Advocate Louis Nel’s niche is the travel and tourism industry. He says one of the biggest questions he is dealing with at the moment is from service providers who are concerned about how they should respond to the coronavirus disease – and especially with respect to the legal implications of cancelled travel bookings.
Adv. Nel says, “The question providers are faced with is what to do about it, and what are their legal rights and obligations?”
He advises businesses to first look at their contractual obligations with their suppliers and clients (or travellers). A contract can be either a specific written agreement between the two parties, or standard terms and conditions which are agreed to. If there is no contract, then common law will apply.
Generally, the clause that you will be looking at closely in this context is the force majeure clause. Force majeure’ is French for ‘superior force’, and which Contract Standards defines as: “a contract provision that allows a party to suspend or terminate the performance of its obligations when certain circumstances beyond their control arise, making performance inadvisable, commercially impracticable, illegal, or impossible.”
“Courts generally speaking interpret such clauses narrowly,” says Adv. Nel. “The common law principle applicable is that of impossibility or frustration of performance. Again, the courts interpret such clauses narrowly and scrutinize the application of the duty of care principle. Clearly a common law situation is the worst case scenario for the service provider.”
“The test applied by the French legal system is: was it foreseeable, external and irresistible?”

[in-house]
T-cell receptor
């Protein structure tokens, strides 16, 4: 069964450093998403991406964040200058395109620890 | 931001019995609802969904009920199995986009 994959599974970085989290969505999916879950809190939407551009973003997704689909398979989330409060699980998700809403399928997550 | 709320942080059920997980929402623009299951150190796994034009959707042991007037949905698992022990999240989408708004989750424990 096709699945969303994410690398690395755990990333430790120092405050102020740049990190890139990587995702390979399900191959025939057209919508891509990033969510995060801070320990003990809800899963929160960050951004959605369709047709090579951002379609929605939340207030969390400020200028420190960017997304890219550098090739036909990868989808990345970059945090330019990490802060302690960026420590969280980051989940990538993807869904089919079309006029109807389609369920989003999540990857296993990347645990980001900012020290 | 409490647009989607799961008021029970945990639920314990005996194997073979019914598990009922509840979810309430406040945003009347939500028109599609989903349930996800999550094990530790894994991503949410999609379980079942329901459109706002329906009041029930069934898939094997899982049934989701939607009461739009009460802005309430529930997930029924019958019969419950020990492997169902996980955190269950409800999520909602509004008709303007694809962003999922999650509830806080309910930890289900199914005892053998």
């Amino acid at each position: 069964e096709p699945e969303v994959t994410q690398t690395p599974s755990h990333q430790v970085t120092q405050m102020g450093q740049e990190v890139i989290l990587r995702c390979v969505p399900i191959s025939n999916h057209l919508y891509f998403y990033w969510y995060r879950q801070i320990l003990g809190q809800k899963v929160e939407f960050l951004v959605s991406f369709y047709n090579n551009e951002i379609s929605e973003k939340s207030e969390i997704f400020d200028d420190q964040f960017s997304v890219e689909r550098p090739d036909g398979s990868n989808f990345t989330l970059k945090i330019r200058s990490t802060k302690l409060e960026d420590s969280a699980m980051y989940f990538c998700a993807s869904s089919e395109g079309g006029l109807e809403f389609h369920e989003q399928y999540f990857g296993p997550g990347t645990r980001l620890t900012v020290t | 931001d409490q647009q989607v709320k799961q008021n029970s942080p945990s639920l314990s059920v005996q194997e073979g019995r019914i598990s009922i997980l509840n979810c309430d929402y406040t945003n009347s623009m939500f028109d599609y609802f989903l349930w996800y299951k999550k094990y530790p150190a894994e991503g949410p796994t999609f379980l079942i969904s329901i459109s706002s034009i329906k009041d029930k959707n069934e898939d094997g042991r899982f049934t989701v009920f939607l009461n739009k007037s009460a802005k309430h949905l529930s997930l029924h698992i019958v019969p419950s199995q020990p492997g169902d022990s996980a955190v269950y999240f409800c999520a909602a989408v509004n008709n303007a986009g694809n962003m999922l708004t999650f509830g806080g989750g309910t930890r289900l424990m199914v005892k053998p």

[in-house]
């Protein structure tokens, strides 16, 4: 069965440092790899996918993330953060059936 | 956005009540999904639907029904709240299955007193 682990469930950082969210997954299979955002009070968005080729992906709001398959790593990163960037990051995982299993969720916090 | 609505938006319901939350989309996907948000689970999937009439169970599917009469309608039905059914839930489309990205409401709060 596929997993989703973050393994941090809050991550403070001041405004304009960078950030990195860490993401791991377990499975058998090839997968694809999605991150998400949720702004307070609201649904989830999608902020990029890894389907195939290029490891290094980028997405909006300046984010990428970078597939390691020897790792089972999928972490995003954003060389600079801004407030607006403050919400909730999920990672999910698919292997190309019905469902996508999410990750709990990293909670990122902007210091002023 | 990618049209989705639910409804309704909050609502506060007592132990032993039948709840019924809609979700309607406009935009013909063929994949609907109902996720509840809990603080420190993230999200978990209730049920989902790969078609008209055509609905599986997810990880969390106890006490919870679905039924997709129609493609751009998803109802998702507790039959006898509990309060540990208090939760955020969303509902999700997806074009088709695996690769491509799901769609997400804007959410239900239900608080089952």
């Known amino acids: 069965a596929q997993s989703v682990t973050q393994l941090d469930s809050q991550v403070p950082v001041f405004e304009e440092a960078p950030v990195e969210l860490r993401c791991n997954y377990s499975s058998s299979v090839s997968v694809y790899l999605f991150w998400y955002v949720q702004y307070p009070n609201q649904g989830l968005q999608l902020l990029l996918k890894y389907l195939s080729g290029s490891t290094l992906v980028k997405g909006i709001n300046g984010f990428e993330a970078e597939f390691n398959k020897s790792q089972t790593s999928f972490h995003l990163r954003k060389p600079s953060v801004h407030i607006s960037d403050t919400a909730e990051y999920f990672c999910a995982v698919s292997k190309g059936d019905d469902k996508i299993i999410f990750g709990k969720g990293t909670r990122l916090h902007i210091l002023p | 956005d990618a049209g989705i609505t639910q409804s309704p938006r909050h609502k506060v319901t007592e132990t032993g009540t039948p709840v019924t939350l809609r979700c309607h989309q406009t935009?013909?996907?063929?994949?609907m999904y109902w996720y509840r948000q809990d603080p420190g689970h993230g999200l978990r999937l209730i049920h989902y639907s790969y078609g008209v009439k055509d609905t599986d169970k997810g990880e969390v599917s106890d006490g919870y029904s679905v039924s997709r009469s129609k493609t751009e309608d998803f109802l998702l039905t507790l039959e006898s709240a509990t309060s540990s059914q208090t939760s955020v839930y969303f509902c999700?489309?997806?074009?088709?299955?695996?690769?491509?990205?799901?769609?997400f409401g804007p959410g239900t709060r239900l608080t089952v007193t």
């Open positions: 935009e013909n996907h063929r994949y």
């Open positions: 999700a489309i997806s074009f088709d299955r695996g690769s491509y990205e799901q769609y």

He continues; “The test applied by the French legal system is: was it foreseeable, external and irresistible? The International Chamber of Commerce has extended impossibility to include events that make performance unreasonably burdensome.”
If the courts accept that an event meets the requirements of being a force majeure, then both parties are released from their contractual obligations.
However, Adv. Nel adds that there are a few things to bear in mind:
- The parties are still under an obligation to mitigate the impact of the force majeure, including removing or overcoming the causes;
- This entails using due diligence and best endeavours;
- You will need to keep detailed records; and
- You will need to work closely with your insurer to protect yourself from incurring any avoidable costs.
Please note that at the time of writing this, the World Health Organization had not declared COVID-19 a pandemic and our government had not restricted travel to and from South Africa as per the announcement last night. Therefore Adv. Nel is busy with a follow up article which we will share with you shortly.
This article is not intended as legal advice. Each situation must be interpreted on its merits and in each case independent legal advice must be obtained.